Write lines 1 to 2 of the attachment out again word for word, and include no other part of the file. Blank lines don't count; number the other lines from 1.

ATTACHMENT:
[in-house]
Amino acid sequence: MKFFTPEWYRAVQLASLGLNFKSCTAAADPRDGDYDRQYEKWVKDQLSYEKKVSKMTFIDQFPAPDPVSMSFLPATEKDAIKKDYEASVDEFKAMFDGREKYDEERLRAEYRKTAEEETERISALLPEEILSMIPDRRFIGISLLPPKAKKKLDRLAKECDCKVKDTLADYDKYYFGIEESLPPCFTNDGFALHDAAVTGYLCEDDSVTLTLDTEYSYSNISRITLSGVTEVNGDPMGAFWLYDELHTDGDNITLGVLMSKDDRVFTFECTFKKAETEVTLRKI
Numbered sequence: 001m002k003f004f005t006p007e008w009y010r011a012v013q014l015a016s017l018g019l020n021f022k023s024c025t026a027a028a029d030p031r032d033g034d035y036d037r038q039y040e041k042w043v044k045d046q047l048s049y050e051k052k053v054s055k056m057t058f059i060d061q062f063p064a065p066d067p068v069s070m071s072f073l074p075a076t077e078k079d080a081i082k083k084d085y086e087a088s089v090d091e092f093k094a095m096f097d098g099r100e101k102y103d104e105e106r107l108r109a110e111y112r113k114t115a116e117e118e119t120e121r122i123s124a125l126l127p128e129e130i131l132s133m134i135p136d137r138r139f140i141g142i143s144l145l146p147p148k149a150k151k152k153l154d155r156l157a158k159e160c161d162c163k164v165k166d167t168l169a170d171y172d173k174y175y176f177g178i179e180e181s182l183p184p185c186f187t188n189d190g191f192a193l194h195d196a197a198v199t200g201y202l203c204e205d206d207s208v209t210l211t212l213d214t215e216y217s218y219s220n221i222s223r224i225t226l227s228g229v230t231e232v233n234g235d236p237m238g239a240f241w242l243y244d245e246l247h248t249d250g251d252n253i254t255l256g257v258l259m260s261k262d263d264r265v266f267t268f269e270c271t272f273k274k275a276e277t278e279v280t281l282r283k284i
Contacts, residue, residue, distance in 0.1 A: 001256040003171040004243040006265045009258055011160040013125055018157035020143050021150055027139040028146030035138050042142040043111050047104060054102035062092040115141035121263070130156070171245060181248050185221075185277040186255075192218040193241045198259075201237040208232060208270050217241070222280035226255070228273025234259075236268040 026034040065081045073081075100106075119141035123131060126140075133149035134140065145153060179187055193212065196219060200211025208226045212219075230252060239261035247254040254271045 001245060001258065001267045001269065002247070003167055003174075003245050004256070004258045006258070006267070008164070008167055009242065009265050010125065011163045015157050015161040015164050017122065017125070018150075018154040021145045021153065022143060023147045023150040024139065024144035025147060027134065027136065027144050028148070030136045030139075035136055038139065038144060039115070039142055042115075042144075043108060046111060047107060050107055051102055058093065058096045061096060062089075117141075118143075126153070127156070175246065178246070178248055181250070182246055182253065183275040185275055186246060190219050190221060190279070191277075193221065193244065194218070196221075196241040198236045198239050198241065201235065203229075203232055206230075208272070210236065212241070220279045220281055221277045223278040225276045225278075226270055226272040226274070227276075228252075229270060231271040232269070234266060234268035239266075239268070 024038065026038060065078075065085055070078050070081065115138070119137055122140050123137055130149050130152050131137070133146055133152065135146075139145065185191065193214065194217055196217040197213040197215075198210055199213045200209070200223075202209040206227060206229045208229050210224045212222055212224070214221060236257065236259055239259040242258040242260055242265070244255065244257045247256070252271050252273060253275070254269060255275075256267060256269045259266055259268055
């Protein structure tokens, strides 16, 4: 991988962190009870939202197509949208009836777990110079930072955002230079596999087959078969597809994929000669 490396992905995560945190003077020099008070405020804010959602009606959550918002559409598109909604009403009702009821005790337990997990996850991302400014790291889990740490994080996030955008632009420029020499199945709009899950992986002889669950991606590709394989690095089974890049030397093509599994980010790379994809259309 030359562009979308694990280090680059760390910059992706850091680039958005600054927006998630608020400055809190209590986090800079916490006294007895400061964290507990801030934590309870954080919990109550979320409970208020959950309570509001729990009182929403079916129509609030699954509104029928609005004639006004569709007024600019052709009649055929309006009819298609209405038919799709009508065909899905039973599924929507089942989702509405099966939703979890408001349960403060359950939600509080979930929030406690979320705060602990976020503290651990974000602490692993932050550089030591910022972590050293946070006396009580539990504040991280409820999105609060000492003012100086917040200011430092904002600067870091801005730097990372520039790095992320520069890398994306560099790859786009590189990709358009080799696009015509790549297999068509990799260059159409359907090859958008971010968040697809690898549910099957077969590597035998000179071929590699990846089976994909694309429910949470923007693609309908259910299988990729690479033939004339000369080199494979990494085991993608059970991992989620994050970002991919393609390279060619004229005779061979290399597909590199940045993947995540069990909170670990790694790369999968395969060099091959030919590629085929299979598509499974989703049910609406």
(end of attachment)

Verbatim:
[in-house]
Amino acid sequence: MKFFTPEWYRAVQLASLGLNFKSCTAAADPRDGDYDRQYEKWVKDQLSYEKKVSKMTFIDQFPAPDPVSMSFLPATEKDAIKKDYEASVDEFKAMFDGREKYDEERLRAEYRKTAEEETERISALLPEEILSMIPDRRFIGISLLPPKAKKKLDRLAKECDCKVKDTLADYDKYYFGIEESLPPCFTNDGFALHDAAVTGYLCEDDSVTLTLDTEYSYSNISRITLSGVTEVNGDPMGAFWLYDELHTDGDNITLGVLMSKDDRVFTFECTFKKAETEVTLRKI